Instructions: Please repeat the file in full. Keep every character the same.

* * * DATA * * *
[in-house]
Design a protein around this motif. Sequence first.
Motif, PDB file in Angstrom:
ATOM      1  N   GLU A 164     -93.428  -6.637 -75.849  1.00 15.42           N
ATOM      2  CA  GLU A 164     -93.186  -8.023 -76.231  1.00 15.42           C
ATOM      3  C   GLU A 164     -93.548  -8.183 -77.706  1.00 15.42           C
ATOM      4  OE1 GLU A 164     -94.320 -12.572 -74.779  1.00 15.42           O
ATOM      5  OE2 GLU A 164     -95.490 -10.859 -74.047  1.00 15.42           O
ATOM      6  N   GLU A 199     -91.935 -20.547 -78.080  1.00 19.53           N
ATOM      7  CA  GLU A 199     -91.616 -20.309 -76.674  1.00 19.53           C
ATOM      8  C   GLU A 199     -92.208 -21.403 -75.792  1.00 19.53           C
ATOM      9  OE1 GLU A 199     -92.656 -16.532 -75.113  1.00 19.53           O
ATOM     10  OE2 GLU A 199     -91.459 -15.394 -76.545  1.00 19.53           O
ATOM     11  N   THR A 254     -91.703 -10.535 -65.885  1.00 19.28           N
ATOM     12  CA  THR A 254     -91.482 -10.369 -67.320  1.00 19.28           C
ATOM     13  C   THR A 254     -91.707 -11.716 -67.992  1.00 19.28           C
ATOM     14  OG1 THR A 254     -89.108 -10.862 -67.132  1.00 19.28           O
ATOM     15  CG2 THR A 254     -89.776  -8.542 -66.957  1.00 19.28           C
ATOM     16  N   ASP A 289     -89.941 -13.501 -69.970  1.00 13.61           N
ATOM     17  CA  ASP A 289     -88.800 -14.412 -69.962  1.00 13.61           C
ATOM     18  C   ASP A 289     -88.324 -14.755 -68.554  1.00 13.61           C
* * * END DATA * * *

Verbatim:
[in-house]
Design a protein around this motif. Sequence first.
Motif, PDB file in Angstrom:
ATOM      1  N   GLU A 164     -93.428  -6.637 -75.849  1.00 15.42           N
ATOM      2  CA  GLU A 164     -93.186  -8.023 -76.231  1.00 15.42           C
ATOM      3  C   GLU A 164     -93.548  -8.183 -77.706  1.00 15.42           C
ATOM      4  OE1 GLU A 164     -94.320 -12.572 -74.779  1.00 15.42           O
ATOM      5  OE2 GLU A 164     -95.490 -10.859 -74.047  1.00 15.42           O
ATOM      6  N   GLU A 199     -91.935 -20.547 -78.080  1.00 19.53           N
ATOM      7  CA  GLU A 199     -91.616 -20.309 -76.674  1.00 19.53           C
ATOM      8  C   GLU A 199     -92.208 -21.403 -75.792  1.00 19.53           C
ATOM      9  OE1 GLU A 199     -92.656 -16.532 -75.113  1.00 19.53           O
ATOM     10  OE2 GLU A 199     -91.459 -15.394 -76.545  1.00 19.53           O
ATOM     11  N   THR A 254     -91.703 -10.535 -65.885  1.00 19.28           N
ATOM     12  CA  THR A 254     -91.482 -10.369 -67.320  1.00 19.28           C
ATOM     13  C   THR A 254     -91.707 -11.716 -67.992  1.00 19.28           C
ATOM     14  OG1 THR A 254     -89.108 -10.862 -67.132  1.00 19.28           O
ATOM     15  CG2 THR A 254     -89.776  -8.542 -66.957  1.00 19.28           C
ATOM     16  N   ASP A 289     -89.941 -13.501 -69.970  1.00 13.61           N
ATOM     17  CA  ASP A 289     -88.800 -14.412 -69.962  1.00 13.61           C
ATOM     18  C   ASP A 289     -88.324 -14.755 -68.554  1.00 13.61           C